Residents share New Year’s superstitions

Published 12:00 am Friday, January 1, 2010

At the stroke of midnight on New Year’s Eve the traditions and superstitions of the New Year are unleashed. People kiss, throw confetti, sing “Auld Lang Syne” and sip Champaign as they usher out Old Father Time and welcome the New Year.

When the sun comes up on the New Year, things of “auld” take hold and, even those who vow that they are not superstitious participate “just for old time’s sake.”

Joey Brackner, folk arts program manager for the Alabama State Council on the Arts, said New Year’s traditions and superstitions go back as far the dawning of the New Year.

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“One of the age old superstitions is that, if the first person who enters a house on New Year’s is a man, he will bring good luck to that household throughout the year,” Brackner said.

“I had a male cousin who went early to every relative’s house on New Year’s Day so they would all have good luck during the year. A man entering the house first on New Year’s Day is a pretty widespread tradition, not just around here, but around the country.”

The first-footer or “Lucky Bird” had to be a man. Some people were so firm in the belief that they would point a gun at a female if she “mishappened” to be the first visitor and run her away from the home.

Dot Harrison of Brundidge said her mother’s belief was that no woman should enter a house on New Year’s Day.

“That was a big no, no,” Harrison said.

“If a woman did enter the house, death would follow her. But, if a man came with her and came in the house first, no bad luck would follow. That’s the way I remember it. My mama was superstitious but I’m not. But …”

Harrison did admit, “superstitious or not,” she will not wash clothes on New Year’s Day.

“Supposedly, if you do you’ll be washing after a dead person,” she said. “I’m not taking any chances.”

Mary Parish Adams, laughingly, said that she can’t remember all of the superstitions that her dad, Dutch Parish, practiced but she “washed and ironed last night, just in case.”

“I know that you’re not supposed to wash or iron on New Year’s or mop the floor,” she said.

“And you’re supposed to go back out the same door you came in and, if you go out of the house, you’re supposed to bring something back in. I just wish I could remember them all.”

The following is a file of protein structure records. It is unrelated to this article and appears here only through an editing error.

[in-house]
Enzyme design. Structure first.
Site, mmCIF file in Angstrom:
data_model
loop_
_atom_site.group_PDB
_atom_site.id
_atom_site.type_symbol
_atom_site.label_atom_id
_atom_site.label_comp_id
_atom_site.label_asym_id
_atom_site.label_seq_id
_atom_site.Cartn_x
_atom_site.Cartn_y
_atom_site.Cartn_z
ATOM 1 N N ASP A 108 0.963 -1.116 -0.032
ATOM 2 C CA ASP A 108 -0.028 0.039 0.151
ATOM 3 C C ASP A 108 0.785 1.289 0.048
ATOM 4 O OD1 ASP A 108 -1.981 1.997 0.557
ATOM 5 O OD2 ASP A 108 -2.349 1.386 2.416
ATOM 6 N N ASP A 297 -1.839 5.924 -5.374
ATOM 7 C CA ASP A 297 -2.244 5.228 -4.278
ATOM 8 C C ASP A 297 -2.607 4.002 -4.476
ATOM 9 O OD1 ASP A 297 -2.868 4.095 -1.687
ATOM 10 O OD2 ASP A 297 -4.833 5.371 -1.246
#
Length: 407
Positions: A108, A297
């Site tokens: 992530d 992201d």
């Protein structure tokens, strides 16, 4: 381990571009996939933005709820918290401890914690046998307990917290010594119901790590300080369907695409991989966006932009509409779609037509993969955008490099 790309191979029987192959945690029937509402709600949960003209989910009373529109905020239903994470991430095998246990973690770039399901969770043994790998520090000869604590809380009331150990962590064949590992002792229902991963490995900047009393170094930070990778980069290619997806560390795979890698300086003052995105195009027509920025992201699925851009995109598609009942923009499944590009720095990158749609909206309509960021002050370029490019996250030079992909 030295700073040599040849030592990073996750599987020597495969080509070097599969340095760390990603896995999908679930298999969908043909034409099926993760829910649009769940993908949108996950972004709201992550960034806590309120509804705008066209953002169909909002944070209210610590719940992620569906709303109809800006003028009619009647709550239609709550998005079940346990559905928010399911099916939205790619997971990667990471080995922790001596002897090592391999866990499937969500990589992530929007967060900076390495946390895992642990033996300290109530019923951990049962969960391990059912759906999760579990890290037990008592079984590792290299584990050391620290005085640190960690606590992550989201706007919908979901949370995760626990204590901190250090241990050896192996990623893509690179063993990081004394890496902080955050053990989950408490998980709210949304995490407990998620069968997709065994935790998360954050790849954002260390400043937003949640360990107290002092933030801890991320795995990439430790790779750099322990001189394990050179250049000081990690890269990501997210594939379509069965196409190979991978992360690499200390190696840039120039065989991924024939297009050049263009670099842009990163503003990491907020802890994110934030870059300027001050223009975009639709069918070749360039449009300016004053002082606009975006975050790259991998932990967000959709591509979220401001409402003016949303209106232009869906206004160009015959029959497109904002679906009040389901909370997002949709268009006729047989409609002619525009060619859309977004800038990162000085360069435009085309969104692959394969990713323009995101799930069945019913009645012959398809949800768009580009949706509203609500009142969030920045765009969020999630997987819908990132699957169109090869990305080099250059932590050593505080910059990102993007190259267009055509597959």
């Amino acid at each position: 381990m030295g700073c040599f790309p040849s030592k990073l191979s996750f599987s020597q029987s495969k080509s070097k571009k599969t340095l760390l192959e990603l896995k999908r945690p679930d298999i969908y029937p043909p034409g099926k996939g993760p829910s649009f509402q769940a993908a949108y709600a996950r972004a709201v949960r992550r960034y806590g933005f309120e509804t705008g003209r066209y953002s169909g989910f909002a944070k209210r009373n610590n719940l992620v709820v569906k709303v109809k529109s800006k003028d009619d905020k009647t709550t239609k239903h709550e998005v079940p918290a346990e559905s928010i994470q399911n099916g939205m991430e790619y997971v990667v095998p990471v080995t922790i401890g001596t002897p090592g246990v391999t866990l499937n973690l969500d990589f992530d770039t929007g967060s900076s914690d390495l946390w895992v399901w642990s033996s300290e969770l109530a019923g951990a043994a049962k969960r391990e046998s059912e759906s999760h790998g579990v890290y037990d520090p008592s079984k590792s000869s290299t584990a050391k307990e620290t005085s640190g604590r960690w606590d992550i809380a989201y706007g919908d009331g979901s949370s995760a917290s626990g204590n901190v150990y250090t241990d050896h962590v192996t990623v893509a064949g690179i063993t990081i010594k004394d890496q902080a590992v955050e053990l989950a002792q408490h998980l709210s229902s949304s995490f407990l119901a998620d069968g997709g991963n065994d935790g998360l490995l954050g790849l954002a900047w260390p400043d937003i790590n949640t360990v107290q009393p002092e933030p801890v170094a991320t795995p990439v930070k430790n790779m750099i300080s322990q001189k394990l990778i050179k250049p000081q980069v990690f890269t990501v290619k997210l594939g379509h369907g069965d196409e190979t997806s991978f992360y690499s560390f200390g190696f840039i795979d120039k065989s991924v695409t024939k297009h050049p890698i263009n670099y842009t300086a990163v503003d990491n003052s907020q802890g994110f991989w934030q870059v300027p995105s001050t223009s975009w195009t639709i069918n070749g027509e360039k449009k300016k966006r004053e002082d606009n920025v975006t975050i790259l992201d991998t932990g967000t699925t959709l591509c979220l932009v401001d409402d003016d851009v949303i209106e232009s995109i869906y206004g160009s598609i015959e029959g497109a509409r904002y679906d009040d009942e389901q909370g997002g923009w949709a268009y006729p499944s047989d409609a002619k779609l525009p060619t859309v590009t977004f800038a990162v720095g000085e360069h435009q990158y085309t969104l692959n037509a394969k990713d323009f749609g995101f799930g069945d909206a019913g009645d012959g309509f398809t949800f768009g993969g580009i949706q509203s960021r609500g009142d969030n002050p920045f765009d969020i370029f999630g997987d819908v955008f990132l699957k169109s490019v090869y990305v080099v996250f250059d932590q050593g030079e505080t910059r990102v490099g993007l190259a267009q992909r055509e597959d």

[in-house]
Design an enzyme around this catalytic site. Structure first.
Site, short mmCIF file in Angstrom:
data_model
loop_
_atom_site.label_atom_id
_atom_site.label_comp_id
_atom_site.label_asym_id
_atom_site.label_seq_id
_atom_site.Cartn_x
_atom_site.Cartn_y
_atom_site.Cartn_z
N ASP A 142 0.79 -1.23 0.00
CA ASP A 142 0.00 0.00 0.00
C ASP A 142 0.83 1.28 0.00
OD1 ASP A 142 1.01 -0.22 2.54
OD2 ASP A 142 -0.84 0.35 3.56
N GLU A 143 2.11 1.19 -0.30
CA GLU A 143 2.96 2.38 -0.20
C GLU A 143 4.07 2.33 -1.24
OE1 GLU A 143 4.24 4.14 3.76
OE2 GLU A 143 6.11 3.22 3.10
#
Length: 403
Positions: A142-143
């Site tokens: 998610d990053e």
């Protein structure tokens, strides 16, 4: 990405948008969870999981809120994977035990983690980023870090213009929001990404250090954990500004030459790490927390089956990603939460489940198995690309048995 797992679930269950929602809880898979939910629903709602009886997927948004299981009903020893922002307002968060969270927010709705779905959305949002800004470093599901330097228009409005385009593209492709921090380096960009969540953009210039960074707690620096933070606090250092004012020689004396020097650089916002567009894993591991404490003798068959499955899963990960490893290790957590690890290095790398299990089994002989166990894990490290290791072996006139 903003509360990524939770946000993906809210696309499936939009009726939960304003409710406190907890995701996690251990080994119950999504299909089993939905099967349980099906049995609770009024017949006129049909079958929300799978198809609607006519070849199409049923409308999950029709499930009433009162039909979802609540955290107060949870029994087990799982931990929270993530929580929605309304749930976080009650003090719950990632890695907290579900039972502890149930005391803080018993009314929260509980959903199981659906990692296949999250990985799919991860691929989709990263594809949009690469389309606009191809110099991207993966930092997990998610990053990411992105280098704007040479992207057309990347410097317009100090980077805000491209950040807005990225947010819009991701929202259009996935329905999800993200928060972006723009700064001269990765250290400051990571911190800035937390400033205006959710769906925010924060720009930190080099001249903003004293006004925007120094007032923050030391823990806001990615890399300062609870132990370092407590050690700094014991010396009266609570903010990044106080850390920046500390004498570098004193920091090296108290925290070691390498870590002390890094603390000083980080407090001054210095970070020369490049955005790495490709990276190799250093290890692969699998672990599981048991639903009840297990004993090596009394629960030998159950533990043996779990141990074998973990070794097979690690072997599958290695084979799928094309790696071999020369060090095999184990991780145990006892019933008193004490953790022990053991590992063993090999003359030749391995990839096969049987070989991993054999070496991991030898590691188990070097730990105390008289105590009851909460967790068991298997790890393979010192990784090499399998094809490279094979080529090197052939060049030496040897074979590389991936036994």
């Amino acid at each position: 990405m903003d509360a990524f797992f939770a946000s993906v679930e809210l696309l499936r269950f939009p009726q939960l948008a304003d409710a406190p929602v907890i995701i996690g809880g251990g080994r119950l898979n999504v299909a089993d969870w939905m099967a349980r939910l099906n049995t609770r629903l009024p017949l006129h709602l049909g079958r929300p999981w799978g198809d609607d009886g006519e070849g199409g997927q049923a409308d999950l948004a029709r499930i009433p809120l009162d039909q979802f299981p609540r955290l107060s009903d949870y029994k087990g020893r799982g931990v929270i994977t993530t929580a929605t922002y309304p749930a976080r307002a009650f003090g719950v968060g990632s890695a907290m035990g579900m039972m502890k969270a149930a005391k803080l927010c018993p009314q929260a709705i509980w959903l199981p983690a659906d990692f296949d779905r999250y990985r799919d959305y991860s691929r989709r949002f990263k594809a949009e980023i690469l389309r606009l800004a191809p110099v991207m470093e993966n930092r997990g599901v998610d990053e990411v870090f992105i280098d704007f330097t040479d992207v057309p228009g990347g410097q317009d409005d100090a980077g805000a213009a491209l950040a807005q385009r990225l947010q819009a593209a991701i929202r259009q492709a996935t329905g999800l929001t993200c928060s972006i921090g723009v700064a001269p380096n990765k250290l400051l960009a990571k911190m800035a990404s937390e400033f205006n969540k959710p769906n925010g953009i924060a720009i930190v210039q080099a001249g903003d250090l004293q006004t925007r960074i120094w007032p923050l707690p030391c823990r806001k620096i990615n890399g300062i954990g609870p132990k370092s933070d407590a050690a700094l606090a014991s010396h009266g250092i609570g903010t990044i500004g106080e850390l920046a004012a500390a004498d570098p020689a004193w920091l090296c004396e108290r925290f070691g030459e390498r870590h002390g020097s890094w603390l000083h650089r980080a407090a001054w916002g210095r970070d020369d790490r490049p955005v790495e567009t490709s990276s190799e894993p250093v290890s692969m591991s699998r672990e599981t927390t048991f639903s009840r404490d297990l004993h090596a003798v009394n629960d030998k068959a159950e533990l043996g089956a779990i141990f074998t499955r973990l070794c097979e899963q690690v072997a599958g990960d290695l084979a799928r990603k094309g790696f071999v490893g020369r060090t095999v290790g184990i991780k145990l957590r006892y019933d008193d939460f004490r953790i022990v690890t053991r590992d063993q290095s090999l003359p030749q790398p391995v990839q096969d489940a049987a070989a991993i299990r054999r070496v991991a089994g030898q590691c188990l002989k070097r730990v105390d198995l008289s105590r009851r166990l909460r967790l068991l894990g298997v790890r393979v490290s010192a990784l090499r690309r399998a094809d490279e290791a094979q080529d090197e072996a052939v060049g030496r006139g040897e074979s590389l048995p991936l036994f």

Not even the garbage should be taken out on the first day of the year without bringing something back inside.

What you do on the New Year’s Day you’ll be doing all year long, Harrison said.

“If you cry on New Year’s you’ll be crying all year and, if you break something, wreckage will be a part of your life for the next 12 months.”

It is also wise not to lend money on New Year’s or you’ll be paying out all year long. And, if you wear something new, you’ll likely have more new clothes in the coming year.

But of all the New Year’s Day traditions and superstitions, the one most prevalent and most practiced surrounds what one eats on that day of days.

Eat black-eyed peas and you’ll have something to eat all year long. Eat some form of greens – turnips, collards, mustard, even spinach or cabbage, and you’ll have green money to spend.

Eat pork, especially hog jowl, and good fortune will come your way. An old hog roots forward to find what it needs to “prosper.” Those who dine on pork on New Year’s Day will push forward and prosper in the New Year.

Johnny Garrett, owner of Troy Piggly Wiggly, said his store sells 100 times more black-eyed peas during New Year’s than at any other time of the year.

“We stock up on black-eyed peas, greens and hog jowl,” he said. “People eat all kinds of greens and we sell about two tons of hog jowl.”

Garrett said there is no stereotypical New Year’s shopper.

“It’s everybody,” he said.

“Of course, there are probably more older people that eat the traditional New Year’s Day dinner but it’s young folks, too. I don’t know if they believe they’ll have good luck if they eat black-eyed peas and hog jowl or if it’s just a tradition that everybody enjoys.”

The general consensus was that, next to kissing at the stroke of midnight, peas and pork and greens might be the favorite New Year’s Day tradition.